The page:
Robert McLaughlin: Microscope-in-a-needle helps breast cancer surgeons identify tumor edges
Revolutionary OCT probe took the top prize in the 2014 SPIE Startup Challenge.
Robert McLaughlin and the University of Western Australia were the 2014 winners of the SPIE Startup Challenge, a pitch competition showcasing optics or photonics technologies or applications presented as the basis for viable new businesses. The university's product, a microscope-in-a-needle, is a miniaturized optical coherence tomography (OCT) probe capable of 3D imaging that aims to reduce the number of repeat surgeries for breast cancer.
McLaughlin earned his bachelor of engineering and PhD in electronic engineering from the University of Western Australia in 1992 and 1999, respectively. After a post-doctoral research position at the University of Oxford, he worked for several years in the medical imaging industry in the UK, including as a product manager for Siemens Medical Systems. He is currently research associate professor in the Optical + Biomedical Engineering Laboratory at the University of Western Australia, where he leads research into new technologies for cancer imaging.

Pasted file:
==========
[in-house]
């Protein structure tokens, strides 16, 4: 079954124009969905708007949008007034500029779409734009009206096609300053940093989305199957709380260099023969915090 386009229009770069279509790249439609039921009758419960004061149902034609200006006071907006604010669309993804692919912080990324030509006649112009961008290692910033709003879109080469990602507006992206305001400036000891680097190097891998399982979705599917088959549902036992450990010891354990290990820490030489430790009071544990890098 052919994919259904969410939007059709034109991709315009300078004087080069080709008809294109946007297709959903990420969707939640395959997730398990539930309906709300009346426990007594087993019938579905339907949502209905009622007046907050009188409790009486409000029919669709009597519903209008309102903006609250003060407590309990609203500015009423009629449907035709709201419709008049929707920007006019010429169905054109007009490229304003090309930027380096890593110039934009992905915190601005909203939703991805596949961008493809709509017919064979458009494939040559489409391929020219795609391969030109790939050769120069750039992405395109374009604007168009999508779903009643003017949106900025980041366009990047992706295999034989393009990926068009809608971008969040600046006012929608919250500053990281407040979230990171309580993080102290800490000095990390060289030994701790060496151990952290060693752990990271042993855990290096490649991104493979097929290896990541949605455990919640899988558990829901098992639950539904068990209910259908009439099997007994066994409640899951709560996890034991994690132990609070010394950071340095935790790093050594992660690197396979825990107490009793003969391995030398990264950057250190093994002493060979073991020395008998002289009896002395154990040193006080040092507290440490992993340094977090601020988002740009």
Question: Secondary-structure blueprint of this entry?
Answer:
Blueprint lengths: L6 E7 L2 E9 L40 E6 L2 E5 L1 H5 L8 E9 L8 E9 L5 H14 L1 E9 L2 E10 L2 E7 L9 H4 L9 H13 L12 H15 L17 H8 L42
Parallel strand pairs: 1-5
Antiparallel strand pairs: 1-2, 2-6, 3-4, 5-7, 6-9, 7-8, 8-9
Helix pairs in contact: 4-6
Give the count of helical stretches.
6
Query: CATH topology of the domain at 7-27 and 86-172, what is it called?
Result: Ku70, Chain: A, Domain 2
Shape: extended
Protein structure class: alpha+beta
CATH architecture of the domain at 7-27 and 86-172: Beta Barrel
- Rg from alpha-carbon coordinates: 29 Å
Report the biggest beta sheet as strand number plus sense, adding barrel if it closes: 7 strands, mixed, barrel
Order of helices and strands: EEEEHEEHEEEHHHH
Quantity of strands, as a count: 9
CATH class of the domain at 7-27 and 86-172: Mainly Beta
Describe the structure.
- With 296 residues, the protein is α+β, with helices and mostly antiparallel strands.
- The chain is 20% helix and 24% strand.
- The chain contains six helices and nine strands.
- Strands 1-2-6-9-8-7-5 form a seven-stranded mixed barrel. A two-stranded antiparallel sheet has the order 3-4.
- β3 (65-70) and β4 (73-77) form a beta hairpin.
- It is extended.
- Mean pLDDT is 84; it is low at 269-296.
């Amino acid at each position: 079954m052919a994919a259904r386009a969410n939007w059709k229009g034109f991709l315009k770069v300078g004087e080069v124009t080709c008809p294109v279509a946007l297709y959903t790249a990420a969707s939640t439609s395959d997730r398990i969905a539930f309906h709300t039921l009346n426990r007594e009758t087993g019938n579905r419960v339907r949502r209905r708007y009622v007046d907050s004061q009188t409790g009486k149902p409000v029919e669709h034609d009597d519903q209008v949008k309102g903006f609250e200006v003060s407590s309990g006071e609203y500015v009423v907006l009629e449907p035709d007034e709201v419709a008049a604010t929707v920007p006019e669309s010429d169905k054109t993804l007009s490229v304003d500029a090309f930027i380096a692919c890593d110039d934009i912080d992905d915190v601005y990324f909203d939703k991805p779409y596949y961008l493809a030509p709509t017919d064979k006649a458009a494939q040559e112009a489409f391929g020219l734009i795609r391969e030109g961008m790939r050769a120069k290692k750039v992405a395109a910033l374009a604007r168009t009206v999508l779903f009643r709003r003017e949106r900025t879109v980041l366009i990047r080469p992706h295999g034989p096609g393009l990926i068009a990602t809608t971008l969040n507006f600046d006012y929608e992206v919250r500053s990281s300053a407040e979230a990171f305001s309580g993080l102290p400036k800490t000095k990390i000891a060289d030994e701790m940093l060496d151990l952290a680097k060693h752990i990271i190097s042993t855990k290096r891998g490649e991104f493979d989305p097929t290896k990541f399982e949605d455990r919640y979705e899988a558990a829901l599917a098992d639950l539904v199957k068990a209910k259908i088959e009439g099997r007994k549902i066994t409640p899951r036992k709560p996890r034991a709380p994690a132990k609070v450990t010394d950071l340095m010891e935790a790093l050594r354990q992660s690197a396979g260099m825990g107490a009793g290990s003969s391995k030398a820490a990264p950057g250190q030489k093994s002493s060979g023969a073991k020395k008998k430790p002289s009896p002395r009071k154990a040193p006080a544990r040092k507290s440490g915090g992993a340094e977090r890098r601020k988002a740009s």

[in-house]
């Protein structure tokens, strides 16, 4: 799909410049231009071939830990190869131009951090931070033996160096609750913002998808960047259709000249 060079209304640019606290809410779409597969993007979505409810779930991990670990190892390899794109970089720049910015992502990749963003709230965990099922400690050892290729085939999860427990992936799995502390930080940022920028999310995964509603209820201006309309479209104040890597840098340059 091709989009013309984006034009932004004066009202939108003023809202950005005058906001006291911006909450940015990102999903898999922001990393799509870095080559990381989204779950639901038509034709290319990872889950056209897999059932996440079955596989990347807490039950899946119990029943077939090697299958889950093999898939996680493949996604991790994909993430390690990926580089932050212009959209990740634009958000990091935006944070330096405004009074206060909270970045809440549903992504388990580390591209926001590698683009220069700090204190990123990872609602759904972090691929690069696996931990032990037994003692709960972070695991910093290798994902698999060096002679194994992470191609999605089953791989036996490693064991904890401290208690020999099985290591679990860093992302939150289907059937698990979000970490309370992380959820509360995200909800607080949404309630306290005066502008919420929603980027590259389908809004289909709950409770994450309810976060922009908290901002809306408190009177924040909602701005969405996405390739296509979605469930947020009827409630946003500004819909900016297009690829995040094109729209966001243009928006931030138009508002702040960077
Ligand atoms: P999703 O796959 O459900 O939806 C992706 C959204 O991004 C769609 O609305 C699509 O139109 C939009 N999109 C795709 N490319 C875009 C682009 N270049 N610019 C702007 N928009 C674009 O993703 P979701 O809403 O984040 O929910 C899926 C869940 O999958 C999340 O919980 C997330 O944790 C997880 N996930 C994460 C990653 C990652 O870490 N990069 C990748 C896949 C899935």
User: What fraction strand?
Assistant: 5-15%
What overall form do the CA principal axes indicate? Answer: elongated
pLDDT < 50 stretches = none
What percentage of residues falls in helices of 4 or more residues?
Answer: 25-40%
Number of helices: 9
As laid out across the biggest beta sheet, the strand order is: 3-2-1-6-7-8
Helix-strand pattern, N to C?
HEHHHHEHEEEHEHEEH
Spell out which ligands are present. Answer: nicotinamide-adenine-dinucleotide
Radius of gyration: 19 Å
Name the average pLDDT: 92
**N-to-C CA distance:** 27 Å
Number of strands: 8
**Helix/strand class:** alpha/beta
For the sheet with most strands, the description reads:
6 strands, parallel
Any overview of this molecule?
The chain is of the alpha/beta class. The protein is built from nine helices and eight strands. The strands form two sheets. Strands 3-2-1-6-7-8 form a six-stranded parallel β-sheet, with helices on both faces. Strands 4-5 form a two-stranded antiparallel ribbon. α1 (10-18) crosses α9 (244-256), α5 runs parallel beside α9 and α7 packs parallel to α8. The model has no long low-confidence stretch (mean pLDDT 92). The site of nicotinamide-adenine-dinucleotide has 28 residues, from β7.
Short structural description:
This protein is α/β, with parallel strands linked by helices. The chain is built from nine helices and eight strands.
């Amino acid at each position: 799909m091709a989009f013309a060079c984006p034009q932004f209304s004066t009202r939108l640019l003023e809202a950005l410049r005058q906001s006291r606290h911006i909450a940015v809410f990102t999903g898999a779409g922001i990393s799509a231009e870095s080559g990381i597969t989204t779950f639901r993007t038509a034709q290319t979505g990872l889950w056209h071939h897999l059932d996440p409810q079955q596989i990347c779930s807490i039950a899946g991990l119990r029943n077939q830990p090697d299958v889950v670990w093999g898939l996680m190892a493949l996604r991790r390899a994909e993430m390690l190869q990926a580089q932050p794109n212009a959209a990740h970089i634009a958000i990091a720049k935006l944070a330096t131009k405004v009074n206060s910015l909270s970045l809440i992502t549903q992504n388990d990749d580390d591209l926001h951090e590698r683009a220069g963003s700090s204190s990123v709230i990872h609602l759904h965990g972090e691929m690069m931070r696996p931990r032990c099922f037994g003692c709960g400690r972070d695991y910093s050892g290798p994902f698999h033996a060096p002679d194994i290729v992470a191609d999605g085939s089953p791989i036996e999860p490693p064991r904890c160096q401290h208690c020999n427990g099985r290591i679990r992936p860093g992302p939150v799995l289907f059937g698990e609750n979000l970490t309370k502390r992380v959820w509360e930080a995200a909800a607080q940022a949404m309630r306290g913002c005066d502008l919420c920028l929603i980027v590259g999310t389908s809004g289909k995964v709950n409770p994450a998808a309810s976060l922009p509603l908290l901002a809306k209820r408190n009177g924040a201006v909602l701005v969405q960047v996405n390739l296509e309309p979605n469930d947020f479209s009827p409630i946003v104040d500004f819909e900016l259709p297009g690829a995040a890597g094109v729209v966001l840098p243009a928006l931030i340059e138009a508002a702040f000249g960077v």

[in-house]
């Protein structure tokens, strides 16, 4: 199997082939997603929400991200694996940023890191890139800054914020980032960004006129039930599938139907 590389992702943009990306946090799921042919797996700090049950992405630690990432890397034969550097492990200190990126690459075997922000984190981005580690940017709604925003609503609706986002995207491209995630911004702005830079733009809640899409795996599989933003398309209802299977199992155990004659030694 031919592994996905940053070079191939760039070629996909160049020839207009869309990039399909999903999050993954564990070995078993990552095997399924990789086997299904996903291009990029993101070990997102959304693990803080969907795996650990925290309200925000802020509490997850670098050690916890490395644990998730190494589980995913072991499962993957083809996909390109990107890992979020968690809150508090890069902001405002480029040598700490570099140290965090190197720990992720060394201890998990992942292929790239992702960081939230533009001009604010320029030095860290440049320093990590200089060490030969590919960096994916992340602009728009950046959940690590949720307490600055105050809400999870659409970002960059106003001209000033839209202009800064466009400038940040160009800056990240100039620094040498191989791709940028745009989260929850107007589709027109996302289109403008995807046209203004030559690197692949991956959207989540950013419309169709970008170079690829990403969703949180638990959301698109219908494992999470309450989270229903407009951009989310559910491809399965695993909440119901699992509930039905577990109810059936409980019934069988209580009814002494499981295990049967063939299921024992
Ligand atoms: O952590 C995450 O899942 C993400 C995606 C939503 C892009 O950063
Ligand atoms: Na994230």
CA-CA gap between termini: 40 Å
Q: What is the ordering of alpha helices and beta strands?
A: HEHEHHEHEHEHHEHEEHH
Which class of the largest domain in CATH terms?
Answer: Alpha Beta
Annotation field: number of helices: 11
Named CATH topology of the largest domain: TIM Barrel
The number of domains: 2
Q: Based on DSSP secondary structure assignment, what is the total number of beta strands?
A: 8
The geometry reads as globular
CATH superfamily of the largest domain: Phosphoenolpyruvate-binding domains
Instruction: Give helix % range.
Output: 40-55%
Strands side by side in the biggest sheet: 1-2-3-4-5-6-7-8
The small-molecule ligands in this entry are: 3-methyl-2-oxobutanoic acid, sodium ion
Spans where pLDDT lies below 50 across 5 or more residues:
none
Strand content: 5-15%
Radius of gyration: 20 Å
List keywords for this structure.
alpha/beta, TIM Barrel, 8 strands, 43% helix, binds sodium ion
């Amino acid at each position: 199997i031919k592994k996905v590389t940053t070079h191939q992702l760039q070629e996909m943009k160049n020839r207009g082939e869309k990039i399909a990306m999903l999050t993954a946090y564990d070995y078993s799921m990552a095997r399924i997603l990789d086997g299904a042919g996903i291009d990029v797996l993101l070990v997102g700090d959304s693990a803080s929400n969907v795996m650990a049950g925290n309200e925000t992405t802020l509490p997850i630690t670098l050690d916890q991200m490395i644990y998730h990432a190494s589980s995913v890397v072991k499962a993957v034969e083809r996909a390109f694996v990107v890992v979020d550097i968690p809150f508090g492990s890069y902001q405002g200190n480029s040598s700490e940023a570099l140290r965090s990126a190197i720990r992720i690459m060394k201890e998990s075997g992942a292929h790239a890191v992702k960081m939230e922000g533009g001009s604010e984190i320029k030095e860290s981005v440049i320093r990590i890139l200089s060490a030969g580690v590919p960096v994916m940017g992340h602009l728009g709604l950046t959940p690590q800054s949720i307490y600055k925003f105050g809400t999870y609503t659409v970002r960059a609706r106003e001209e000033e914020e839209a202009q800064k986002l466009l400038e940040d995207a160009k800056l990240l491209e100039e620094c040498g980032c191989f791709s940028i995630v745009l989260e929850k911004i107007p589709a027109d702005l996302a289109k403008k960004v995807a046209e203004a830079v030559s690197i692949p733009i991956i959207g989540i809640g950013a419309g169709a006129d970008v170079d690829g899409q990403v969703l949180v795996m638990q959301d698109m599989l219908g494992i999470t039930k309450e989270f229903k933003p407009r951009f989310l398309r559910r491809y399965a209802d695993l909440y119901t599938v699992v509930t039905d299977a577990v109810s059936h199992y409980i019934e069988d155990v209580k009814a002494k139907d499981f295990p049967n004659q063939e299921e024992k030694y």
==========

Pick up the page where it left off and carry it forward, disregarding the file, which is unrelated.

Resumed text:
The Optical + Biomedical Engineering Laboratory at the University of Western Australia specializes in biomedical optics, biophotonics, and optical microscopy.
McLaughlin has contributed dozens of papers to SPIE conferences and proceedings, and has served on program committees and as session chair at the BiOS conference at SPIE Photonics West.